Be thorough and do your homework. You must be able to address any event in the project, at any moment. Gather all the information on the project, not only regarding the crisis. A small tip: pay particular attention to the financial aspect because sooner or later, it all comes down to costs.
Prepare the Alternatives
Your role is not only to explain the situation but to propose a way out.
At this stage, you must have an idea on how to solve the situation. If not, you still have time to suggest a workshop or create a task force.
In the end, you should have at least three alternatives to offer. Avoid trivial proposals (such as close the project, do everything the customer is asking) at all costs. If those where viable solutions you should have proposed them in the first place before the crisis ever happened! They are usually rejected, so discussing them is a waste of time for everyone. Alas, if you have to go there, let the stakeholders come to this conclusion on their own after hearing your case.
Be sure to cover technical, time related and economic aspects of the proposal.
I usually present three options: one of low impact for the project, one of lesser impact to end users and one in between. The idea is to push the discussion to a solution where everyone is showing good will by accepting a compromise.
Noises Off, Curtain Up, Showtime!
This is the moment where many Project Managers fail. It’s not about the planning or leadership anymore but your communication skills!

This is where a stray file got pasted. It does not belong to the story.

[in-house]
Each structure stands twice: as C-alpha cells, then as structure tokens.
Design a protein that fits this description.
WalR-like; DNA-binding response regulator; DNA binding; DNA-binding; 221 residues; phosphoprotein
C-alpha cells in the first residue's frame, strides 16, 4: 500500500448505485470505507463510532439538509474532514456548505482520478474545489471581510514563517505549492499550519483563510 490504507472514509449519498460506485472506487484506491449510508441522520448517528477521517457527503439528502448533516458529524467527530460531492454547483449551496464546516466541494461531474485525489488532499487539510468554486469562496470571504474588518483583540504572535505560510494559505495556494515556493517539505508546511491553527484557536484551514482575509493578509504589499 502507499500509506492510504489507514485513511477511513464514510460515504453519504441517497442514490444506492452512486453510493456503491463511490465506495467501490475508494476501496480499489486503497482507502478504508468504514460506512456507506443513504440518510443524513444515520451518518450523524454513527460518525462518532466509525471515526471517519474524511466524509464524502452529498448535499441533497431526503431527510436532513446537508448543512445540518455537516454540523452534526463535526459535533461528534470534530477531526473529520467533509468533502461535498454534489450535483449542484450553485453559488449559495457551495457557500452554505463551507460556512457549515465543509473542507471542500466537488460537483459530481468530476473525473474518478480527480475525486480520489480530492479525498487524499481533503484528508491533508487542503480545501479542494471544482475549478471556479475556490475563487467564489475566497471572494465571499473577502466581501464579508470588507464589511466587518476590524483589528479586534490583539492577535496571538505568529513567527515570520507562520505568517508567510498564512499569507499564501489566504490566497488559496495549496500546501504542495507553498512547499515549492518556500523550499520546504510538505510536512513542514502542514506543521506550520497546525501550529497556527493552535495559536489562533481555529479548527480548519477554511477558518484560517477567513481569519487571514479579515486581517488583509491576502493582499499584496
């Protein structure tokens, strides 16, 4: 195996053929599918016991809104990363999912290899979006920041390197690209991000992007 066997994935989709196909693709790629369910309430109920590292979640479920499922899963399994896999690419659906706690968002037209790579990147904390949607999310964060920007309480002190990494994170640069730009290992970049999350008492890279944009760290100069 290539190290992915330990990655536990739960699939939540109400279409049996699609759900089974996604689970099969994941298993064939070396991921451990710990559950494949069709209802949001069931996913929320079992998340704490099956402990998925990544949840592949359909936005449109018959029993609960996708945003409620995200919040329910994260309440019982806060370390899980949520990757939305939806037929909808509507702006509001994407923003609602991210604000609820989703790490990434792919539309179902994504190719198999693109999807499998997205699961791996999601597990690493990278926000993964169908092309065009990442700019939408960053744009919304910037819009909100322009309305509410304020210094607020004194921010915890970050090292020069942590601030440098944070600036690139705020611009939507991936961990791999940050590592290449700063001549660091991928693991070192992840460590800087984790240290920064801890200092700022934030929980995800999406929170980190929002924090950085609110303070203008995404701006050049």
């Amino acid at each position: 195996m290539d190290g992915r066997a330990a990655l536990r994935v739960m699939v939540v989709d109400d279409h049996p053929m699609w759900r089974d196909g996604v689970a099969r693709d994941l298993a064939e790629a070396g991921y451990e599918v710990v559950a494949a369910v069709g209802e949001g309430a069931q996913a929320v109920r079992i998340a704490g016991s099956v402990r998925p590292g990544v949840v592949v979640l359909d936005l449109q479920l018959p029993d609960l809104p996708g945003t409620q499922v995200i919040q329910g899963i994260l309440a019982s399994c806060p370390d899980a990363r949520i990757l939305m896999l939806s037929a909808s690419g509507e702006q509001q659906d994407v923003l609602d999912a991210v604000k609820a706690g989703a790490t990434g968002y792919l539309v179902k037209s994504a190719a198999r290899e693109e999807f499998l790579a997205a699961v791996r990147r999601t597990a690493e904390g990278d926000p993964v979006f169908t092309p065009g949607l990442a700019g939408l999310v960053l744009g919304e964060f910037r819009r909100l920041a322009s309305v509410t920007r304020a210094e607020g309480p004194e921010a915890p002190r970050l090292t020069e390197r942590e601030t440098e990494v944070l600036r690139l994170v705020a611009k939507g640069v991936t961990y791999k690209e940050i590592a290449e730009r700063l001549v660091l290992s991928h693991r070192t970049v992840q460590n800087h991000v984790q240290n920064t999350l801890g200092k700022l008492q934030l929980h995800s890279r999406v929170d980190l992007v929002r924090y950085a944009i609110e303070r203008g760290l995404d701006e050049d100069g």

You’ll have the stakeholders, management and probably end users (customers) in front of you. All of them have some information on the project, but it is probably only a part of the picture. Be prepared for having some critics.
Keep in mind that you will not be able to convince everybody, so choose your targets carefully.
I always do a presentation that includes visuals with only some basic, easy to understand, information.
Take a look at a couple of pointers I always find useful:
- Start with a short roadmap of the project, milestones, critical events. At this stage, everybody sees the project as a failure – show them some positive aspects!
- Describe the crisis: make sure you’ve explained the reasons that lead to the crisis, not from your personal point of view but using the customers’ language so they can recognise themselves.
- Explain the risks of unresolved crisis ( the project is delayed or stopped, costs increase, the overall goals of management are endangered, etc.). This is usually the part that stakeholders will be most concerned about – covering it shows you are focused on finding the solution and not on setting the blame or giving excuses.
- Finally, propose the possible way out of the crisis.
When you make your case, take a step back and let people take over the conversation. Be ready to answer questions but don’t take the lead in the discussion unless you are asked to by the stakeholders.
During the discussion, you might have to face some negative comments or accusations directed at you and your team. This is normal because, you as a Project Manager, are by definition, accountable for the project.
Shield your team and don’t spend too much time defending yourself. Accept the responsibility for some of the accusations (if there is a crisis, you surely could have done something better).
But most of all, keep calm.